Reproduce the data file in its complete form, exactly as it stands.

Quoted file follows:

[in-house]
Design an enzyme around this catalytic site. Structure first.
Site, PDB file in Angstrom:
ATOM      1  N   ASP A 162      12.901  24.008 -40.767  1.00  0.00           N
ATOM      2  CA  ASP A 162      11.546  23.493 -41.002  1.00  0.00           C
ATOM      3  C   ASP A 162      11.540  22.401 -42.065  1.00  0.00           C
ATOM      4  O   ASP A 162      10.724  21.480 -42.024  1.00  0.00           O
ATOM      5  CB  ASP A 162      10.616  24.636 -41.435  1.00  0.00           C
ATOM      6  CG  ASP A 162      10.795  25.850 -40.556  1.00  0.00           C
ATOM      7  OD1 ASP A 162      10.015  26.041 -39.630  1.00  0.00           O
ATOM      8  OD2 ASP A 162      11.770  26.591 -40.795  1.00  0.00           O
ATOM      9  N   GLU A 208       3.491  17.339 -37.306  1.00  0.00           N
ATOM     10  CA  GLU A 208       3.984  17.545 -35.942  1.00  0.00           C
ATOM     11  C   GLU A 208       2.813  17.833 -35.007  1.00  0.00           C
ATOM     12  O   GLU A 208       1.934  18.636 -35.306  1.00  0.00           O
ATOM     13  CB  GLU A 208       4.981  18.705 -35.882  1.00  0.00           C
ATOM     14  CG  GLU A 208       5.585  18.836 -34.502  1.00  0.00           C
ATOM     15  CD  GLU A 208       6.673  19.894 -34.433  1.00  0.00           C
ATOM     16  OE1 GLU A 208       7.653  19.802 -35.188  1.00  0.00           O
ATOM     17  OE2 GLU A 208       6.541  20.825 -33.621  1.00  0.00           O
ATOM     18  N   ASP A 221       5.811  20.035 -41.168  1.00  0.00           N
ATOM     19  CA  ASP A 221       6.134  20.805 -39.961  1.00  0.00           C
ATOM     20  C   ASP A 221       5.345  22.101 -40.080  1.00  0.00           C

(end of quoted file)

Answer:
[in-house]
Design an enzyme around this catalytic site. Structure first.
Site, PDB file in Angstrom:
ATOM      1  N   ASP A 162      12.901  24.008 -40.767  1.00  0.00           N
ATOM      2  CA  ASP A 162      11.546  23.493 -41.002  1.00  0.00           C
ATOM      3  C   ASP A 162      11.540  22.401 -42.065  1.00  0.00           C
ATOM      4  O   ASP A 162      10.724  21.480 -42.024  1.00  0.00           O
ATOM      5  CB  ASP A 162      10.616  24.636 -41.435  1.00  0.00           C
ATOM      6  CG  ASP A 162      10.795  25.850 -40.556  1.00  0.00           C
ATOM      7  OD1 ASP A 162      10.015  26.041 -39.630  1.00  0.00           O
ATOM      8  OD2 ASP A 162      11.770  26.591 -40.795  1.00  0.00           O
ATOM      9  N   GLU A 208       3.491  17.339 -37.306  1.00  0.00           N
ATOM     10  CA  GLU A 208       3.984  17.545 -35.942  1.00  0.00           C
ATOM     11  C   GLU A 208       2.813  17.833 -35.007  1.00  0.00           C
ATOM     12  O   GLU A 208       1.934  18.636 -35.306  1.00  0.00           O
ATOM     13  CB  GLU A 208       4.981  18.705 -35.882  1.00  0.00           C
ATOM     14  CG  GLU A 208       5.585  18.836 -34.502  1.00  0.00           C
ATOM     15  CD  GLU A 208       6.673  19.894 -34.433  1.00  0.00           C
ATOM     16  OE1 GLU A 208       7.653  19.802 -35.188  1.00  0.00           O
ATOM     17  OE2 GLU A 208       6.541  20.825 -33.621  1.00  0.00           O
ATOM     18  N   ASP A 221       5.811  20.035 -41.168  1.00  0.00           N
ATOM     19  CA  ASP A 221       6.134  20.805 -39.961  1.00  0.00           C
ATOM     20  C   ASP A 221       5.345  22.101 -40.080  1.00  0.00           C